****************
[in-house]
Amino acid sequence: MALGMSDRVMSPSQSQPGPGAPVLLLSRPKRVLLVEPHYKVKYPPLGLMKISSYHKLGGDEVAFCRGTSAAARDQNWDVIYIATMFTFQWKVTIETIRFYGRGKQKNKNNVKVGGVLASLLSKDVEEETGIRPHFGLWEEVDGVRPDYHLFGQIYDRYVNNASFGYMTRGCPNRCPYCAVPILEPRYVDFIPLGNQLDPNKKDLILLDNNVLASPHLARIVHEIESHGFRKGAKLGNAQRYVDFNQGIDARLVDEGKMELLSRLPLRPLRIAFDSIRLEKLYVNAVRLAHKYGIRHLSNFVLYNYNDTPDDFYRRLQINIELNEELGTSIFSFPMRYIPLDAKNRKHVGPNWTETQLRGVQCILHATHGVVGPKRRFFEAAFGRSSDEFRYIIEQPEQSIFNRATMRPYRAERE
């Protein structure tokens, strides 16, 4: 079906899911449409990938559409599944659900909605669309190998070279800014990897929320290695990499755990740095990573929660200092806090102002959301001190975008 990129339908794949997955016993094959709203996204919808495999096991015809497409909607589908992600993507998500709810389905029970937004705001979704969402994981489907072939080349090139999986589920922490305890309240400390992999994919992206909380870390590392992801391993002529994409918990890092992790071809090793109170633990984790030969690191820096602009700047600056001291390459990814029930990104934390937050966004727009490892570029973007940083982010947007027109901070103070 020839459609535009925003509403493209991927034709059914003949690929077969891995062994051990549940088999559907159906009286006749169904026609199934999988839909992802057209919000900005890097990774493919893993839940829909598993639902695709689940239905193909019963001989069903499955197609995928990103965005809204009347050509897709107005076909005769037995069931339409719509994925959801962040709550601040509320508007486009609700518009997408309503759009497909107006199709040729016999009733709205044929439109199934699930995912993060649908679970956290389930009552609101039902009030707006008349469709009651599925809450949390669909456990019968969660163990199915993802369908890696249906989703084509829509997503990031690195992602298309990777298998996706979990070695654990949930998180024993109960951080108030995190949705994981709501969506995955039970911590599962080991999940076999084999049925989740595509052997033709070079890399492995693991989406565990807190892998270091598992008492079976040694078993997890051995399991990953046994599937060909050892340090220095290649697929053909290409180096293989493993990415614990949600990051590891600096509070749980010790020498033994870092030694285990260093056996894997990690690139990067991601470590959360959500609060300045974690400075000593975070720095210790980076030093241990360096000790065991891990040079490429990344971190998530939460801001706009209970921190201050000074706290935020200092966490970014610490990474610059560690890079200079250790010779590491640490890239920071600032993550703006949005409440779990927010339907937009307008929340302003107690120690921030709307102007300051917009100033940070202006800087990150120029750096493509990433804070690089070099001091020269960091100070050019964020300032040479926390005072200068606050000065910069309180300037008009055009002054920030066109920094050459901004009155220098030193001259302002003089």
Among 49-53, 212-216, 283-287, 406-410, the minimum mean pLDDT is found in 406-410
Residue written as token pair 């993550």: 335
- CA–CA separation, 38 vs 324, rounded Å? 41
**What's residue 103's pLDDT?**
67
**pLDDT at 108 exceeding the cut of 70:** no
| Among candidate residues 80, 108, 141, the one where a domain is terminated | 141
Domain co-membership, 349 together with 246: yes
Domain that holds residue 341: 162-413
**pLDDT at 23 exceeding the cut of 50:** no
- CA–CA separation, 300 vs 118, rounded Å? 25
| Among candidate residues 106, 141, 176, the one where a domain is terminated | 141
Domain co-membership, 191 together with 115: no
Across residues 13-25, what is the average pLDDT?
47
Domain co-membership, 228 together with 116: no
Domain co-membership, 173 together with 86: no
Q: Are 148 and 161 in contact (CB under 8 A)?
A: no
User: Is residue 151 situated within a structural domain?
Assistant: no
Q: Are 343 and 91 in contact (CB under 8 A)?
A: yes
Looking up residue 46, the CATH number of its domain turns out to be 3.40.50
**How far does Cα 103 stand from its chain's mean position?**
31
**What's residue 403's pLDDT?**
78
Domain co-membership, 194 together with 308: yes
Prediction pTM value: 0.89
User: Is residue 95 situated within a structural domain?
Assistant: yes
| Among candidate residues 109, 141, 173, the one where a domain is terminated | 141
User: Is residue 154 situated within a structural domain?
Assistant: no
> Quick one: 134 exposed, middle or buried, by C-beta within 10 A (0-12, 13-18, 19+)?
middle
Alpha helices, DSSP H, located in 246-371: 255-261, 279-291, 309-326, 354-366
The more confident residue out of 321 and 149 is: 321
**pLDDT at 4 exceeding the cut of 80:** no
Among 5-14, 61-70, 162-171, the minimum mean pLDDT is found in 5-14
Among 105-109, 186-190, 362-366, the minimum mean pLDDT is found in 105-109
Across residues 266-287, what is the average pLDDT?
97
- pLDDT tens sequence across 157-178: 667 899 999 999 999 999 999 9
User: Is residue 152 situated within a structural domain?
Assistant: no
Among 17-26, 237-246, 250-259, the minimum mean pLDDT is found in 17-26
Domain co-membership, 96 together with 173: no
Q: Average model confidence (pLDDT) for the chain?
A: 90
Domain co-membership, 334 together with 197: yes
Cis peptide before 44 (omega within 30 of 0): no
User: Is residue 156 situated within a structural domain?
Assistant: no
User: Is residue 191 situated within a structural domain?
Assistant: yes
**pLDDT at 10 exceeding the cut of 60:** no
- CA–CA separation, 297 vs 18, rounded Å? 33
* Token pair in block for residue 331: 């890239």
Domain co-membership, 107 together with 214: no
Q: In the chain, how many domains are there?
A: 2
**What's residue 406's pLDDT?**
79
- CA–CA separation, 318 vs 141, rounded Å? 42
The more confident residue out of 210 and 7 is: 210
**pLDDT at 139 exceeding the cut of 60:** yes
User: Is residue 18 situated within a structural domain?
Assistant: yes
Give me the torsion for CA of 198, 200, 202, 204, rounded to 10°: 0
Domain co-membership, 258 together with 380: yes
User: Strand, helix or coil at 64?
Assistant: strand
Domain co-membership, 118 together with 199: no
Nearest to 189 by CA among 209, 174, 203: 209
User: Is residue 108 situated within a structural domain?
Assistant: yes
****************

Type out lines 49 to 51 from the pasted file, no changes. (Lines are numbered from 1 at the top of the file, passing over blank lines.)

User: Is residue 152 situated within a structural domain?
Assistant: no
Among 17-26, 237-246, 250-259, the minimum mean pLDDT is found in 17-26